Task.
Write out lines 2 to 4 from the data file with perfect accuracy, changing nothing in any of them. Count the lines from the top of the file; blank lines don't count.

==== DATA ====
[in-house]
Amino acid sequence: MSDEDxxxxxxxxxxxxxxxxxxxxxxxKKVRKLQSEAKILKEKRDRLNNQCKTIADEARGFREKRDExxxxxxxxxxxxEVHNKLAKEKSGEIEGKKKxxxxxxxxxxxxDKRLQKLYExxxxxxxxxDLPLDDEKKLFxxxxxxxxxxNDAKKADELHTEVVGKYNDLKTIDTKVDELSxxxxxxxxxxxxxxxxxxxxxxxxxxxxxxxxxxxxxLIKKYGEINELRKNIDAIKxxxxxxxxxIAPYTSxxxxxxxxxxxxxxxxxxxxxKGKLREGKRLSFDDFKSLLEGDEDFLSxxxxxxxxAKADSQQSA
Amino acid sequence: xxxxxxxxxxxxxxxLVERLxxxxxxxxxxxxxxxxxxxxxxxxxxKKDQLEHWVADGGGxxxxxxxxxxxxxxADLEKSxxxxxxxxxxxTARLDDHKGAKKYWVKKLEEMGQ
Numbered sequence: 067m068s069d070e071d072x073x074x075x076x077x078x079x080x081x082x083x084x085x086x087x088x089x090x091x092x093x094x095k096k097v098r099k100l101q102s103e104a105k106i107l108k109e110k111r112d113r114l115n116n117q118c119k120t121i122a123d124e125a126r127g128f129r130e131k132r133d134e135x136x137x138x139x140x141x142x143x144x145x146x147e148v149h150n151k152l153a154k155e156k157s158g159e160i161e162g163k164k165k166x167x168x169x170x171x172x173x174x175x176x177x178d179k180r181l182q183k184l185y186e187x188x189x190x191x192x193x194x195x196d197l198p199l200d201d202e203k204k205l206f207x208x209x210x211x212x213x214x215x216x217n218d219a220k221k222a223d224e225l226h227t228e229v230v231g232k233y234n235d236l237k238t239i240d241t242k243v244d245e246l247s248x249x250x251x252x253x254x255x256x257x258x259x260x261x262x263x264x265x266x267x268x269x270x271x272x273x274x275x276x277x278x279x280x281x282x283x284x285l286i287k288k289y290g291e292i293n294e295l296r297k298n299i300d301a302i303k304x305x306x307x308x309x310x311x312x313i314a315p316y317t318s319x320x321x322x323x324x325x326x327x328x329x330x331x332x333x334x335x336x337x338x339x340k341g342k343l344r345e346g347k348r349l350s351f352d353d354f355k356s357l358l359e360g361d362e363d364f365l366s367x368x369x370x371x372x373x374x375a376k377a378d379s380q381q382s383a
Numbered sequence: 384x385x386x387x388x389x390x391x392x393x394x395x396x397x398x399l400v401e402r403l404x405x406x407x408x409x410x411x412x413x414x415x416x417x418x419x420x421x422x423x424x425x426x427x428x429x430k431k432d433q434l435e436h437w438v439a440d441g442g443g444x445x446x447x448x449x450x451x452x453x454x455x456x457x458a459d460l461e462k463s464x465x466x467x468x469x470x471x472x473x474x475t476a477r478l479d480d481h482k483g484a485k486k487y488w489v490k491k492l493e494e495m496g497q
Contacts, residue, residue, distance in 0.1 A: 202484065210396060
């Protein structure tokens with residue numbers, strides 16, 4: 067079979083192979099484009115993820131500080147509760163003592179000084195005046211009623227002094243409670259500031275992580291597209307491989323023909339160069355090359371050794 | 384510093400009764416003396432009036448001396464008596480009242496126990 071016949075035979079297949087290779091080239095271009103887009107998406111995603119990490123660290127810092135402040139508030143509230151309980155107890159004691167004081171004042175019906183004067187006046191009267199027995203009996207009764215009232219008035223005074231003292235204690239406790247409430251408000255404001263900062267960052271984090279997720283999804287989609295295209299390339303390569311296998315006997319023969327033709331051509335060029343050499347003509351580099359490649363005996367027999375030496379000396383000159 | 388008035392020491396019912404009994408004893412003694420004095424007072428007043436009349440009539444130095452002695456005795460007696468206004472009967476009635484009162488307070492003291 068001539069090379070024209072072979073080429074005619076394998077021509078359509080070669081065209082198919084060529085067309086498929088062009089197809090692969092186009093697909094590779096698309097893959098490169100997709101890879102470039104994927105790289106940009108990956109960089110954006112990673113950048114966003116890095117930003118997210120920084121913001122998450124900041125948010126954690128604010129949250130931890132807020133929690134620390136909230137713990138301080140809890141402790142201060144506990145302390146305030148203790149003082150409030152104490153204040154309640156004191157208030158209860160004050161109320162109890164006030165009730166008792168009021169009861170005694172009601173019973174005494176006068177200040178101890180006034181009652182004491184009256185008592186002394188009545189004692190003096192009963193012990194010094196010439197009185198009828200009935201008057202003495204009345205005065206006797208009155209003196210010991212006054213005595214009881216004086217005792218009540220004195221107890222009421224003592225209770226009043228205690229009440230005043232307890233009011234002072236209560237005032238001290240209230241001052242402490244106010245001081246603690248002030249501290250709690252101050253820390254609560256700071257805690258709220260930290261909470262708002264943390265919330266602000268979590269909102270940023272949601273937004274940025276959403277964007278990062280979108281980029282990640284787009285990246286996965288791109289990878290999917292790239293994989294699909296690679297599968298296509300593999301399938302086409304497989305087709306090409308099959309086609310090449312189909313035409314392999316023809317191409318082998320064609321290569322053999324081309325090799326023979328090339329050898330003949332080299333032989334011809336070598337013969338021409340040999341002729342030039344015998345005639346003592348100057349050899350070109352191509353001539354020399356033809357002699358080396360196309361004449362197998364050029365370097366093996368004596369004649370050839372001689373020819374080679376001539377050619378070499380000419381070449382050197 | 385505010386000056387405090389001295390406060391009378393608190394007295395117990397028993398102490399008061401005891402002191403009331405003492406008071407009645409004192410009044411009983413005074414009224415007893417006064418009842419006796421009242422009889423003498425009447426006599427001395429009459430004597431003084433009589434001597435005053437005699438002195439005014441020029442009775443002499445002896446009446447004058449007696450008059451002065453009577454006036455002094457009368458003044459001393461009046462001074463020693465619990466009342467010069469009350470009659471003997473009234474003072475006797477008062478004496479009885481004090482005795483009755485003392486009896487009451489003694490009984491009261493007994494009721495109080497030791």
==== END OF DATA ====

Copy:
Amino acid sequence: MSDEDxxxxxxxxxxxxxxxxxxxxxxxKKVRKLQSEAKILKEKRDRLNNQCKTIADEARGFREKRDExxxxxxxxxxxxEVHNKLAKEKSGEIEGKKKxxxxxxxxxxxxDKRLQKLYExxxxxxxxxDLPLDDEKKLFxxxxxxxxxxNDAKKADELHTEVVGKYNDLKTIDTKVDELSxxxxxxxxxxxxxxxxxxxxxxxxxxxxxxxxxxxxxLIKKYGEINELRKNIDAIKxxxxxxxxxIAPYTSxxxxxxxxxxxxxxxxxxxxxKGKLREGKRLSFDDFKSLLEGDEDFLSxxxxxxxxAKADSQQSA
Amino acid sequence: xxxxxxxxxxxxxxxLVERLxxxxxxxxxxxxxxxxxxxxxxxxxxKKDQLEHWVADGGGxxxxxxxxxxxxxxADLEKSxxxxxxxxxxxTARLDDHKGAKKYWVKKLEEMGQ
Numbered sequence: 067m068s069d070e071d072x073x074x075x076x077x078x079x080x081x082x083x084x085x086x087x088x089x090x091x092x093x094x095k096k097v098r099k100l101q102s103e104a105k106i107l108k109e110k111r112d113r114l115n116n117q118c119k120t121i122a123d124e125a126r127g128f129r130e131k132r133d134e135x136x137x138x139x140x141x142x143x144x145x146x147e148v149h150n151k152l153a154k155e156k157s158g159e160i161e162g163k164k165k166x167x168x169x170x171x172x173x174x175x176x177x178d179k180r181l182q183k184l185y186e187x188x189x190x191x192x193x194x195x196d197l198p199l200d201d202e203k204k205l206f207x208x209x210x211x212x213x214x215x216x217n218d219a220k221k222a223d224e225l226h227t228e229v230v231g232k233y234n235d236l237k238t239i240d241t242k243v244d245e246l247s248x249x250x251x252x253x254x255x256x257x258x259x260x261x262x263x264x265x266x267x268x269x270x271x272x273x274x275x276x277x278x279x280x281x282x283x284x285l286i287k288k289y290g291e292i293n294e295l296r297k298n299i300d301a302i303k304x305x306x307x308x309x310x311x312x313i314a315p316y317t318s319x320x321x322x323x324x325x326x327x328x329x330x331x332x333x334x335x336x337x338x339x340k341g342k343l344r345e346g347k348r349l350s351f352d353d354f355k356s357l358l359e360g361d362e363d364f365l366s367x368x369x370x371x372x373x374x375a376k377a378d379s380q381q382s383a